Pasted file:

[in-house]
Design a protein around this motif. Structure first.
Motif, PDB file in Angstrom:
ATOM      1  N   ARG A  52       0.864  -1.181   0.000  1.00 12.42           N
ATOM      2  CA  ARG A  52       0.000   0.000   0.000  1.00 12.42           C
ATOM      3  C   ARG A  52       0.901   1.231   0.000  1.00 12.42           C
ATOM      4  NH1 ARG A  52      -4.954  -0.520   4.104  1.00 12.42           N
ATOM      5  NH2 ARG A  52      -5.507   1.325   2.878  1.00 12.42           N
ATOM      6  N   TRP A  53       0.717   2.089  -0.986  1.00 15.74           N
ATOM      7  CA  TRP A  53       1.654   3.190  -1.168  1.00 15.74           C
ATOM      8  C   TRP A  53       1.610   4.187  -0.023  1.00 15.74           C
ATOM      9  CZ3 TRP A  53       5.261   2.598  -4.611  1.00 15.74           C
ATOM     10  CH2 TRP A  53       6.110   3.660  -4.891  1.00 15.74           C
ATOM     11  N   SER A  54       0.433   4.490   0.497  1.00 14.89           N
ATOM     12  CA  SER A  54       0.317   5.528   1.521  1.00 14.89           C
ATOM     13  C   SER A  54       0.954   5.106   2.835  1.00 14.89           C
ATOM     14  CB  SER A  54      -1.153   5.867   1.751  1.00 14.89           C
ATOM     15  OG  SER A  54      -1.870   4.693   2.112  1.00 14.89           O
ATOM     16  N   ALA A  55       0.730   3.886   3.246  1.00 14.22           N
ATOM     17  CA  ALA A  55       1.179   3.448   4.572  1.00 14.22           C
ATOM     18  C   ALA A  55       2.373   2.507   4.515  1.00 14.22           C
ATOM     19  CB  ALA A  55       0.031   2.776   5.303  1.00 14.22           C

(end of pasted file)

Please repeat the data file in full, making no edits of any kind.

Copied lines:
[in-house]
Design a protein around this motif. Structure first.
Motif, PDB file in Angstrom:
ATOM      1  N   ARG A  52       0.864  -1.181   0.000  1.00 12.42           N
ATOM      2  CA  ARG A  52       0.000   0.000   0.000  1.00 12.42           C
ATOM      3  C   ARG A  52       0.901   1.231   0.000  1.00 12.42           C
ATOM      4  NH1 ARG A  52      -4.954  -0.520   4.104  1.00 12.42           N
ATOM      5  NH2 ARG A  52      -5.507   1.325   2.878  1.00 12.42           N
ATOM      6  N   TRP A  53       0.717   2.089  -0.986  1.00 15.74           N
ATOM      7  CA  TRP A  53       1.654   3.190  -1.168  1.00 15.74           C
ATOM      8  C   TRP A  53       1.610   4.187  -0.023  1.00 15.74           C
ATOM      9  CZ3 TRP A  53       5.261   2.598  -4.611  1.00 15.74           C
ATOM     10  CH2 TRP A  53       6.110   3.660  -4.891  1.00 15.74           C
ATOM     11  N   SER A  54       0.433   4.490   0.497  1.00 14.89           N
ATOM     12  CA  SER A  54       0.317   5.528   1.521  1.00 14.89           C
ATOM     13  C   SER A  54       0.954   5.106   2.835  1.00 14.89           C
ATOM     14  CB  SER A  54      -1.153   5.867   1.751  1.00 14.89           C
ATOM     15  OG  SER A  54      -1.870   4.693   2.112  1.00 14.89           O
ATOM     16  N   ALA A  55       0.730   3.886   3.246  1.00 14.22           N
ATOM     17  CA  ALA A  55       1.179   3.448   4.572  1.00 14.22           C
ATOM     18  C   ALA A  55       2.373   2.507   4.515  1.00 14.22           C
ATOM     19  CB  ALA A  55       0.031   2.776   5.303  1.00 14.22           C